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Last Updated: Wednesday, 31 January 2007, 13:07 GMT
Brown: Wait for facts on honours
Gordon Brown
The chancellor urged people to wait for the full facts
Gordon Brown has urged people to wait until the "full facts" of the police cash-for-honours inquiry are known.

The chancellor said it would be inappropriate to comment on Lord Levy's arrest while the inquiry continued.

But asked if there had been some kind of "cover-up", he told the BBC: "I believe when people see the full facts then they will be satisfied."

No 10 says there is "unfairness" in them not being able to respond to press commentary while the inquiry continues.

Police are investigating whether money was donated to political parties in exchange for peerages - all those involved deny any wrongdoing.

Blair ally

Lord Levy, who has denied any wrongdoing, was first arrested last July, in connection with alleged honours offences.

He was re-arrested when he answered bail on Tuesday, this time on suspicion of conspiracy to pervert the course of justice, but was not charged and later freed on bail.

Increasingly this sorry affair has the whiff of Watergate about it
Ed Davey, Lib Dems

Downing Street has denied allegations it had a hidden e-mail system from which messages were deleted after the cash-for-honours inquiry began.

But the BBC's political editor Nick Robinson said the police clearly believed they were not being given all the information they needed - even after searching government computers - which could explain Lord Levy's latest arrest.

Liberal Democrat chief of staff Edward Davey said the "sorry affair" had the "whiff of Watergate about it".

And at prime minister's questions on Wednesday, SNP leader Alex Salmond asked Mr Blair whether, rather than his association with President Bush, an association with President Nixon might be more appropriate.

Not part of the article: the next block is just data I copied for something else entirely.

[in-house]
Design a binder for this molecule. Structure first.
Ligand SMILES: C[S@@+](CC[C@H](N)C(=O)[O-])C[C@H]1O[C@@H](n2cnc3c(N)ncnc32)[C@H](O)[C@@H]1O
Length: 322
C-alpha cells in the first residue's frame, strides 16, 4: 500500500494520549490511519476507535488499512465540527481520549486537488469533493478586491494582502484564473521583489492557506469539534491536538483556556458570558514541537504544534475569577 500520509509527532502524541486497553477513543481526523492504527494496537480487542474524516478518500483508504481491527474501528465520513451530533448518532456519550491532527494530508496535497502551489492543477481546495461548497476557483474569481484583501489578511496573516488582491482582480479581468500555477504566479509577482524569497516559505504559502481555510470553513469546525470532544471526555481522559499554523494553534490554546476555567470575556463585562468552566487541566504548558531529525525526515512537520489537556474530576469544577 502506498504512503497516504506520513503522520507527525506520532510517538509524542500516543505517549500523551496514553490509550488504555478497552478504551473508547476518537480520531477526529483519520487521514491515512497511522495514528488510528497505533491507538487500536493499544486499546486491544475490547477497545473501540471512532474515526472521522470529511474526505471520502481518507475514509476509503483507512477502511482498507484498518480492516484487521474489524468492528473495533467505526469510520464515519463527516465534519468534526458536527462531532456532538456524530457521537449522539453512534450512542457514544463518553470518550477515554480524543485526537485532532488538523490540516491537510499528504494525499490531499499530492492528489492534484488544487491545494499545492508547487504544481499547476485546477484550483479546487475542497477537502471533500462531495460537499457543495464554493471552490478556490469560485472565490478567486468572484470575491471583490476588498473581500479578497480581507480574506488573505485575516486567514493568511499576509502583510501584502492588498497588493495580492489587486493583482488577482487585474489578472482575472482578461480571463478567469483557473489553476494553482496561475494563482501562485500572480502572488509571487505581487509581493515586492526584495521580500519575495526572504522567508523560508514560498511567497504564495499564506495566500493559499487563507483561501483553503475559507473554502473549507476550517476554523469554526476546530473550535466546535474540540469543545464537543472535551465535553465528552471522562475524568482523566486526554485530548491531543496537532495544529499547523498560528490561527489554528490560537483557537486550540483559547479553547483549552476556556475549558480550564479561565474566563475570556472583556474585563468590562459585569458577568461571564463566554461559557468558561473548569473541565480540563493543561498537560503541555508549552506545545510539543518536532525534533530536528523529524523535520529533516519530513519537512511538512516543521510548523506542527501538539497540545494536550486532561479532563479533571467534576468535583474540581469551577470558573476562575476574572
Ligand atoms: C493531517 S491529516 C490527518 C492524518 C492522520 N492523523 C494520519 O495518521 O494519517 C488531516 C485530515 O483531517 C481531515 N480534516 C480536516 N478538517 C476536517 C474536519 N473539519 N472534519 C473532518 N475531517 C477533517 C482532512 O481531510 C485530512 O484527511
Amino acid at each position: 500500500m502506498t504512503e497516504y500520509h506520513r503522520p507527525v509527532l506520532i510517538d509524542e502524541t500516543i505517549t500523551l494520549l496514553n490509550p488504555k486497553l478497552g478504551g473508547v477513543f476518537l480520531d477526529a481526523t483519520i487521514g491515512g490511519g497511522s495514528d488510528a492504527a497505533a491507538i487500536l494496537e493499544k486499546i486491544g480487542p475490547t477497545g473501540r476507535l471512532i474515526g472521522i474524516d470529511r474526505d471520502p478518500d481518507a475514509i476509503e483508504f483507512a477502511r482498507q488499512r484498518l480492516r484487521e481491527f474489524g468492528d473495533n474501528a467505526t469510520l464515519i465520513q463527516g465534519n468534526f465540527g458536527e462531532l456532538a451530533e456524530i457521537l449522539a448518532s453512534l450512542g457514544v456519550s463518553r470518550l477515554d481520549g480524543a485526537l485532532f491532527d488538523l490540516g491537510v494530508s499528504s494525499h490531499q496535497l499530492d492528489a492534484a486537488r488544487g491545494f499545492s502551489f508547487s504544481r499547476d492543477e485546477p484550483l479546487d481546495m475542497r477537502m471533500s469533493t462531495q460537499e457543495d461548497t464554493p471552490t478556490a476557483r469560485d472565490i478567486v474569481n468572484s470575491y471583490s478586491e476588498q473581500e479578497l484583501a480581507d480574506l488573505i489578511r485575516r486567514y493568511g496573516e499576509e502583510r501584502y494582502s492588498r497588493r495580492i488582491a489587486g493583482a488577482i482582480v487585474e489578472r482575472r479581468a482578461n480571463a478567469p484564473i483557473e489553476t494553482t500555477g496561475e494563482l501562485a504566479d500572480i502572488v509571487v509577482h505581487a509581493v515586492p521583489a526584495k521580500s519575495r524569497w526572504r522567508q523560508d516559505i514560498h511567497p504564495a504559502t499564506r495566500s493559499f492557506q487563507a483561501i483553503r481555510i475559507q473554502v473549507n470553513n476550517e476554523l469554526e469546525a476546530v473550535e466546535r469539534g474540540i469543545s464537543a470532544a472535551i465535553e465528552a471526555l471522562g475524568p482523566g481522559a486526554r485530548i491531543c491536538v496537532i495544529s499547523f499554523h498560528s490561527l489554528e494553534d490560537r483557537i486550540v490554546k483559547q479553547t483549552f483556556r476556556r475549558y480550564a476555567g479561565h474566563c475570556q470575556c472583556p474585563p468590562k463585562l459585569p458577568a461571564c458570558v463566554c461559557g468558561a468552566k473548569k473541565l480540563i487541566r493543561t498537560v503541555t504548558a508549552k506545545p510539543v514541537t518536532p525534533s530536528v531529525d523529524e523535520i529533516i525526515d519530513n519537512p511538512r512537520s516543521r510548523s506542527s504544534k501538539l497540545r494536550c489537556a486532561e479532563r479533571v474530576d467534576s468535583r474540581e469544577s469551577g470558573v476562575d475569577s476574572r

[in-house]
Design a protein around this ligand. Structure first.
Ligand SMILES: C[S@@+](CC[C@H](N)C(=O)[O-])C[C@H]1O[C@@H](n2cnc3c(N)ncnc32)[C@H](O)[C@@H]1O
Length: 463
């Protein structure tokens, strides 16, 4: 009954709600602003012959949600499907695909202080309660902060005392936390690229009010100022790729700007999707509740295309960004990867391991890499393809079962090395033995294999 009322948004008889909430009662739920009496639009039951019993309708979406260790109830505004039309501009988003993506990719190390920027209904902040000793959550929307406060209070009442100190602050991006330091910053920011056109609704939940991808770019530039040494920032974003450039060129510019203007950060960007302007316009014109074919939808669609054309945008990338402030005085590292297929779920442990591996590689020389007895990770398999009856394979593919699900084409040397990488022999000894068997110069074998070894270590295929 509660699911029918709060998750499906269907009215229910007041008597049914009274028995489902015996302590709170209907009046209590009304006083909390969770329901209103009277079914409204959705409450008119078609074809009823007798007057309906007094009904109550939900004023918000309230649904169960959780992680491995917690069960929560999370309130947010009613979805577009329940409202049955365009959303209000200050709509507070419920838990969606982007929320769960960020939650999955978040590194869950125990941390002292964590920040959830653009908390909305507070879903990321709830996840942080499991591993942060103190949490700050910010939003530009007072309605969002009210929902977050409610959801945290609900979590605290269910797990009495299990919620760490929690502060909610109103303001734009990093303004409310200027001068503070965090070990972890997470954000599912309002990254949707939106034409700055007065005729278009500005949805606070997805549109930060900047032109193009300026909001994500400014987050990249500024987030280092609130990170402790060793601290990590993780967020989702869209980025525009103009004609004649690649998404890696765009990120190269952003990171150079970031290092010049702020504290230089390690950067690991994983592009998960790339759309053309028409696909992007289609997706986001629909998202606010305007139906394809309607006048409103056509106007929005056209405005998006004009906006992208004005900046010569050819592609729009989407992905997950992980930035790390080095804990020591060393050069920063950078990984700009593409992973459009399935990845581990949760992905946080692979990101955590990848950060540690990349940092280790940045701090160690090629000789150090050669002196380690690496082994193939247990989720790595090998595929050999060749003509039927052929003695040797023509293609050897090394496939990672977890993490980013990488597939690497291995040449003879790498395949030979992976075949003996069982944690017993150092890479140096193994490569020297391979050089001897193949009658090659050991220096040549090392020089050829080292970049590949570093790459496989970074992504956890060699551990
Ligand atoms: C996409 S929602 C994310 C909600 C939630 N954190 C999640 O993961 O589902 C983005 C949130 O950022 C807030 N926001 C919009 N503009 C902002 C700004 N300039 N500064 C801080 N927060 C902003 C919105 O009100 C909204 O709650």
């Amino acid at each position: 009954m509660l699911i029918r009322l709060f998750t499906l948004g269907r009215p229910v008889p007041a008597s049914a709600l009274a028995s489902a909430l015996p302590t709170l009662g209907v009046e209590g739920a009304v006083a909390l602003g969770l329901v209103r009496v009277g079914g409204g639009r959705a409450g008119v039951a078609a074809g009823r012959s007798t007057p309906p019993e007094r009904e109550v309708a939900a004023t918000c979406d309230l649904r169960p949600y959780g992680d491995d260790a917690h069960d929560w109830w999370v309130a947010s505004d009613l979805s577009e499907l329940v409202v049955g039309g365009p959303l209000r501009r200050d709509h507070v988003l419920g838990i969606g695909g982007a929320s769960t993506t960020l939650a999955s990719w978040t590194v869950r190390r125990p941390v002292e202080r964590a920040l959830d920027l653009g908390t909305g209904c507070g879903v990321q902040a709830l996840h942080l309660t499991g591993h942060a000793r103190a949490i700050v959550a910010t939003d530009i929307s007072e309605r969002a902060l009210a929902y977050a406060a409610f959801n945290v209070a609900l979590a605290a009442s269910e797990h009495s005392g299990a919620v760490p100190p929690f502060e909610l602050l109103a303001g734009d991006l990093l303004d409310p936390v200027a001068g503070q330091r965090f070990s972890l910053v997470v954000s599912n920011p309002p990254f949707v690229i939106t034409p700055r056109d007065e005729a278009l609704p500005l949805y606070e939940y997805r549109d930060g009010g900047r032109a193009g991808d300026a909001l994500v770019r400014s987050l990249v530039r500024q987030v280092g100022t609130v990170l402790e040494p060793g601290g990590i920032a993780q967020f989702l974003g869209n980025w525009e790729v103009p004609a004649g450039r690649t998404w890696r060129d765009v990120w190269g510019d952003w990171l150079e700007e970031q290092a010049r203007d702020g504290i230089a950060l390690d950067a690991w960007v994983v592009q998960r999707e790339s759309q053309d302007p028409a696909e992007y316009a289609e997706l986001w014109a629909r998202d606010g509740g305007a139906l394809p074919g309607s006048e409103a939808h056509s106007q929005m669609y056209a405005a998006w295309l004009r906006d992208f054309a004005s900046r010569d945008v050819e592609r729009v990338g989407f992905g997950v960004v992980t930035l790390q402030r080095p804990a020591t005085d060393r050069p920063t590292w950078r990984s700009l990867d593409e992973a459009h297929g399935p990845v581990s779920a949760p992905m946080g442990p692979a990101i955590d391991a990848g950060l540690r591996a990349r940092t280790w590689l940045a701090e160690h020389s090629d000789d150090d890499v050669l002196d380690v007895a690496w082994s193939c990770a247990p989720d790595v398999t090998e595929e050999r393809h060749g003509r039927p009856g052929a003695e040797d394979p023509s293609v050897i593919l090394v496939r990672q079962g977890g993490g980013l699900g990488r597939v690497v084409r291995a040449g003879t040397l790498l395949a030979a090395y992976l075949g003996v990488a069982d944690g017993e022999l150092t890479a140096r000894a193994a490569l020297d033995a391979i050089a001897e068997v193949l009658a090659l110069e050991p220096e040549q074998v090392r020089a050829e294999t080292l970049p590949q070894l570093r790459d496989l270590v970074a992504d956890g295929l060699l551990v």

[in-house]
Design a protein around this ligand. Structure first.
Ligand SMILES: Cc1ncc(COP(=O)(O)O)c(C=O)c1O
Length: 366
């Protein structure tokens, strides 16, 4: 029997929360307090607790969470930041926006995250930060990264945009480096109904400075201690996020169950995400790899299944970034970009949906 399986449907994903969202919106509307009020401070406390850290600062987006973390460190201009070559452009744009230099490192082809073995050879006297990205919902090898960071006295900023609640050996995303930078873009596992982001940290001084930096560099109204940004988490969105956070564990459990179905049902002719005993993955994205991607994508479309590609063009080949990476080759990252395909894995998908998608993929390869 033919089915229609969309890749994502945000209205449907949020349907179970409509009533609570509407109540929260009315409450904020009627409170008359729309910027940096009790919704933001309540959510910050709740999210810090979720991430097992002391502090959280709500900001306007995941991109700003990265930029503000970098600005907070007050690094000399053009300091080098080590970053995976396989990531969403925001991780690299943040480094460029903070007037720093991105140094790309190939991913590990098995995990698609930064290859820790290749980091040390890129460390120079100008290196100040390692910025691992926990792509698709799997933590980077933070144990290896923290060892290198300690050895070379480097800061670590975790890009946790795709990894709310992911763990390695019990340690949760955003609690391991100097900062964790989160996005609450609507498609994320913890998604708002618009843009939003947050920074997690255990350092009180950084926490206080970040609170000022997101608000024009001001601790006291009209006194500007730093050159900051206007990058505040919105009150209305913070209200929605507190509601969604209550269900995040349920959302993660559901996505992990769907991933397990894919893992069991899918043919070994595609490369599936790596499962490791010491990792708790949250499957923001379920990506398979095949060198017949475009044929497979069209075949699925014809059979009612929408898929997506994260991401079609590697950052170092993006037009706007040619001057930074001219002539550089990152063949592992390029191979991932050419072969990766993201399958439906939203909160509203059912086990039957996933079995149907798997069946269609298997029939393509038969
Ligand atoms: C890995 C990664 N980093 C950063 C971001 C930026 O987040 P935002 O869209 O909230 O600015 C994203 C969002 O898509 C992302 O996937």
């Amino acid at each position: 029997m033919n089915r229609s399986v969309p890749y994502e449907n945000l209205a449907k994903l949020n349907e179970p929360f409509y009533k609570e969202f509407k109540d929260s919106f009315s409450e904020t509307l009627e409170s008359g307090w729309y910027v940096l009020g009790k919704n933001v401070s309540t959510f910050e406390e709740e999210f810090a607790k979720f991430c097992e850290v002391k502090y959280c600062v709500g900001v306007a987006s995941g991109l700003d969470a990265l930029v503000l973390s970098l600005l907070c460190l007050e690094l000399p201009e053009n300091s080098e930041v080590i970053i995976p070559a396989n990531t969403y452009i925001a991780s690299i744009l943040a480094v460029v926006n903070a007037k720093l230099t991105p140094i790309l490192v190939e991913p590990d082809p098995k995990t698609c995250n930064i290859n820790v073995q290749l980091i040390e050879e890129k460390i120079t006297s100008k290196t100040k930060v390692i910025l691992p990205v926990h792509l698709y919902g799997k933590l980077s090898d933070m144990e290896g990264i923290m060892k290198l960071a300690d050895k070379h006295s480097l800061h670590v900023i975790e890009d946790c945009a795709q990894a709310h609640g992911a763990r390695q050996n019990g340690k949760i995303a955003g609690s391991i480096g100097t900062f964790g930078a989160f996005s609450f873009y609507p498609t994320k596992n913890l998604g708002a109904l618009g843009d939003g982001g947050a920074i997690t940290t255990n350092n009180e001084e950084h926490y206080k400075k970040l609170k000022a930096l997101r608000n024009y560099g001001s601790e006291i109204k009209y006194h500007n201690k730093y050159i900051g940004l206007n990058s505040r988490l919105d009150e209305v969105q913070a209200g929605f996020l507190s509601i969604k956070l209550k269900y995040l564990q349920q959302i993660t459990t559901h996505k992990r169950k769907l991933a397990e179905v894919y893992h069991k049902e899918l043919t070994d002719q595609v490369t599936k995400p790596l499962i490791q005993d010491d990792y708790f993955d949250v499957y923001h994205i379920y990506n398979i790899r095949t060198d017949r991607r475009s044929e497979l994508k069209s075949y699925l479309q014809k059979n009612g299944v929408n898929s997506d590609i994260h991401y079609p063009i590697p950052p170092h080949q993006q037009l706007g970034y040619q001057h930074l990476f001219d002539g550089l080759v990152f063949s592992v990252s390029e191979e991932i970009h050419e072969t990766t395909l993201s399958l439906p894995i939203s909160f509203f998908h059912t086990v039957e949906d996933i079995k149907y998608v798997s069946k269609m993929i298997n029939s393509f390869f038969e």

Full co-operation

"Is there a cover-up in Downing Street?," he asked.

The prime minister's official spokesman has refused to comment on the arrest but said Downing Street had co-operated fully with police at all times.

He added that Downing Street felt uncomfortable that it could not answer some of the allegations being made during the course of the police investigation.

April 2006 - Des Smith
July 2006 - Lord Levy
Sept 2006 - Sir Christopher Evans
Jan 2007 - Ruth Turner
Jan 2007 - Lord Levy

Asked at prime minister's questions why he was refusing to comment, Mr Blair replied: "As you know, for perfectly obvious reasons, there's nothing I can say on this subject."

Downing Street said on Wednesday that Lord Levy was still the prime minister's Middle East envoy and continued to play a valuable role.

Chancellor Gordon Brown was asked about the arrest in a BBC Scotland interview on Wednesday.

He said: "I don't think it's appropriate for me to comment on a police investigation, let the investigation take its course and let it be concluded and then people will see the results of it."

Asked whether there had been some kind of cover up he said: "I think the police investigation has got to be completed then people will see the full facts and I believe when people see the full facts then they will be satisfied."

Another Blair aide, Ruth Turner, was arrested then bailed earlier this month.

The inquiry began after it emerged that a number of large secret loans had been made to the Labour Party before the 2005 general election, and that some of those lenders had subsequently been nominated for peerages.

The investigation has since widened to cover the other main parties, with Mr Blair and former Conservative leader Michael Howard among those questioned.

No-one has been charged and all involved deny any wrongdoing.

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